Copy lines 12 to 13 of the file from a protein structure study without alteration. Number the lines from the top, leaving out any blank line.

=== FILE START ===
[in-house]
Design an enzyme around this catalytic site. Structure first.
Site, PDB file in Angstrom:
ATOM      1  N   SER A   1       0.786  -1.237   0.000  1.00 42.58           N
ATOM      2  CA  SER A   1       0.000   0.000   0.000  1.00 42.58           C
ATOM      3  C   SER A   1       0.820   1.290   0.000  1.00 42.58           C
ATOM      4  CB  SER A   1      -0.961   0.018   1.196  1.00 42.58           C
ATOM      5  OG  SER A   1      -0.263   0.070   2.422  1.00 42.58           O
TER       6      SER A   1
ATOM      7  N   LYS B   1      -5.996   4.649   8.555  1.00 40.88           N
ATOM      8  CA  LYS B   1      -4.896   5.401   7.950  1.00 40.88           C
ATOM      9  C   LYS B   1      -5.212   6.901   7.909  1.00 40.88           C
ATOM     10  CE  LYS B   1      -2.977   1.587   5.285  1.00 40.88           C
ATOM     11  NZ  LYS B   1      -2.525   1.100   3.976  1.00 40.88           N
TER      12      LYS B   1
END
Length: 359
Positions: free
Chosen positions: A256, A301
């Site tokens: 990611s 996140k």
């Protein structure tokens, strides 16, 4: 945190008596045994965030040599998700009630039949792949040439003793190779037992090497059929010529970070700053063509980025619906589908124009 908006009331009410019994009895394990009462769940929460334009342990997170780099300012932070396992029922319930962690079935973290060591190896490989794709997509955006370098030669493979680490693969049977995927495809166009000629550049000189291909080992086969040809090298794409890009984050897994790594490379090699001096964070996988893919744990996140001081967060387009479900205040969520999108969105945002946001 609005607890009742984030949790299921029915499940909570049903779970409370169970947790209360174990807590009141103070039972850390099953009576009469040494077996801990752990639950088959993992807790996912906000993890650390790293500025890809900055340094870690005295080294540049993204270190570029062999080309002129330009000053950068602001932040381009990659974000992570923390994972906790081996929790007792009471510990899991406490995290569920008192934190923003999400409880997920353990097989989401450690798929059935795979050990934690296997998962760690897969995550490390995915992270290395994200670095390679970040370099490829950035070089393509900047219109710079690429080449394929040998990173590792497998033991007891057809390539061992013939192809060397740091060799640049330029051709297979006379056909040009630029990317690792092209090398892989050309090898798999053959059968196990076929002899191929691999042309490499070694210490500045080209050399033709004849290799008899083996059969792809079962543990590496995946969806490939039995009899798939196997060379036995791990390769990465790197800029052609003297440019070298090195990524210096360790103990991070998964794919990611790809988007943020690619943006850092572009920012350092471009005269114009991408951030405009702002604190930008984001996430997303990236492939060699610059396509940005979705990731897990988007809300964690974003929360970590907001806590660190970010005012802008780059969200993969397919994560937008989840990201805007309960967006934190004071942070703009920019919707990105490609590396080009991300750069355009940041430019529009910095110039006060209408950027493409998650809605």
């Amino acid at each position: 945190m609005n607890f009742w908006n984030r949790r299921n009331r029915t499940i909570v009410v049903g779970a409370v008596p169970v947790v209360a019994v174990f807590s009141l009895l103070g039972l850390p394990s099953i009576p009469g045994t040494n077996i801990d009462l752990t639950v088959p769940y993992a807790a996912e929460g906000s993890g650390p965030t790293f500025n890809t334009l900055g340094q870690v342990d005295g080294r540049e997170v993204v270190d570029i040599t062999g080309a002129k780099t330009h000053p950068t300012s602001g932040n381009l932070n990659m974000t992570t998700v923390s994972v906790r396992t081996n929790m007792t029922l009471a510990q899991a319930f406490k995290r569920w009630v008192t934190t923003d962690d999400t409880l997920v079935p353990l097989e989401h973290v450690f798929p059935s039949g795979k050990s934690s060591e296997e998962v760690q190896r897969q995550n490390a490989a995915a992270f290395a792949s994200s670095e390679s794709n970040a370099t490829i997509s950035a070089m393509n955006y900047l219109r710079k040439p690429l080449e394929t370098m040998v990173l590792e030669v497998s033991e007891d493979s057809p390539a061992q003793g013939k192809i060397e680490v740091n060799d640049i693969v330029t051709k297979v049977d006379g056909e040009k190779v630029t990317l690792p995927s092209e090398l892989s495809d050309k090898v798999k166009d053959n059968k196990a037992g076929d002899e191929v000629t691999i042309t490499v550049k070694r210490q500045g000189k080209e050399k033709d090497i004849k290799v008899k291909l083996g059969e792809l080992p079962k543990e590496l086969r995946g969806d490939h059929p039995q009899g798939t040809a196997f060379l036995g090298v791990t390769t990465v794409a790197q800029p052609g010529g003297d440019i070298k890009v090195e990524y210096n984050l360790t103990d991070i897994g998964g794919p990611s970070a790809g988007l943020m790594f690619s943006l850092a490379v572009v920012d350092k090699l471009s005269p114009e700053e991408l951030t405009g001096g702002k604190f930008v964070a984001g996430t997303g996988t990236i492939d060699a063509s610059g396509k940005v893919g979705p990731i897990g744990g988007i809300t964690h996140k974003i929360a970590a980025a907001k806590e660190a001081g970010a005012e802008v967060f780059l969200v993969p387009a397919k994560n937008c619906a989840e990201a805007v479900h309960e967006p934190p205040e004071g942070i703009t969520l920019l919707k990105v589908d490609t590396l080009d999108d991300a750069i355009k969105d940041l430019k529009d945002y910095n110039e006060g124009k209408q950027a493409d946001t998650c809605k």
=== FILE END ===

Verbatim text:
ATOM      9  C   LYS B   1      -5.212   6.901   7.909  1.00 40.88           C
ATOM     10  CE  LYS B   1      -2.977   1.587   5.285  1.00 40.88           C